Shortly after that, #66 launched an attack.  I was a little winded, and didn't go; it seemed a little early to be going off for the day anyway.  But at that point I decided that the teams should be at the front doing the work, and I should save myself to be able to cover attacks, and maybe break.  It seemed I wasn't going to be able to out-climb anyone, so I figured an attack was my only hope.  The Kurzawinski Coach guys were at the front, watching #66, and they talked about letting him dangle a bit, but not get too far away.  Yes, that's why the teams should be at the front.  They've got the manpower, the tactics, and the ability to control the race.
Second climb (of 5) up the Effingham hill, and this one is for KOM points.  I am once again near enough to the front, but unwilling to dig deep enough to go over the top first.  Maybe I don't really want to know what will happen if I giv'er, maybe I'm trying to save myself, either way I've already given up on the KOM race before it's begun.  I'm still not sure the exact truth; hindsight may be 20/20, but the heat of the moment still makes it a little blurry, looking back.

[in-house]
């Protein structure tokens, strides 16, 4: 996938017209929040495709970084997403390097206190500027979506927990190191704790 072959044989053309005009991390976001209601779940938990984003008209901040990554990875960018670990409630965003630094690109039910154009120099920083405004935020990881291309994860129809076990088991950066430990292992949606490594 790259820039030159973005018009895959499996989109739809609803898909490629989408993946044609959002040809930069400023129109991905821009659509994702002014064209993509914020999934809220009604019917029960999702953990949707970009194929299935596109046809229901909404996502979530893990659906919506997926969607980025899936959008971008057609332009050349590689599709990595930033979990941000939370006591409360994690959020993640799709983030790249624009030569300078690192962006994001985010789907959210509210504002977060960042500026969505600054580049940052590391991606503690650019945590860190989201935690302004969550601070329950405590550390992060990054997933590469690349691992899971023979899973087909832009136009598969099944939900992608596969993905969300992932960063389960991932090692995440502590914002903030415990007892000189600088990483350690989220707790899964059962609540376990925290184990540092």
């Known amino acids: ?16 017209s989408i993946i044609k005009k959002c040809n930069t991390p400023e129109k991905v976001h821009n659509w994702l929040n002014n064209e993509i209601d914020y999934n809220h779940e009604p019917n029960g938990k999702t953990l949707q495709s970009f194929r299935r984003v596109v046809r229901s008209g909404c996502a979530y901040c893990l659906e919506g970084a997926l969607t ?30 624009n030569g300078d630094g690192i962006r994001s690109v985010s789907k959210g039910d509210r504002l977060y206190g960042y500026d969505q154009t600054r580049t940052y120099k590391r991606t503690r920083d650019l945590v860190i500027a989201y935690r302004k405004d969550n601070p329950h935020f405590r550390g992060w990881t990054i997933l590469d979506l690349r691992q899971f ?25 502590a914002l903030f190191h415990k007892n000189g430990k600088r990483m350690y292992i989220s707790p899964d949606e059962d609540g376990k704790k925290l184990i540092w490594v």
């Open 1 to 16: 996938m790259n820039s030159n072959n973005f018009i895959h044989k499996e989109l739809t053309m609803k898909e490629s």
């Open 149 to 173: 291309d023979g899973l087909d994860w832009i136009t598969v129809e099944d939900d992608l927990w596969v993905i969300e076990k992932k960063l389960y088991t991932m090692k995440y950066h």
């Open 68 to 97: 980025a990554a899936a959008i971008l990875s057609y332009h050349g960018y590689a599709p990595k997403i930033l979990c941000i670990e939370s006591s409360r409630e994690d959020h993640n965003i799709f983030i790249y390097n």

Same easy coast off the hill, I can see that the boys are not in a hurry to make this race hard.  I ended up spending a little time in mid-pack, chatting with one of Jarrod's friends (Joel Rose), and a few other guys.  Obviously I am just as guilty, as I could have been up there pulling hard, but at the time I figured there were a few teams there with 3 or 4 guys, they should be doing the work.  I'm saving myself for my only real chance at winning this thing: a break.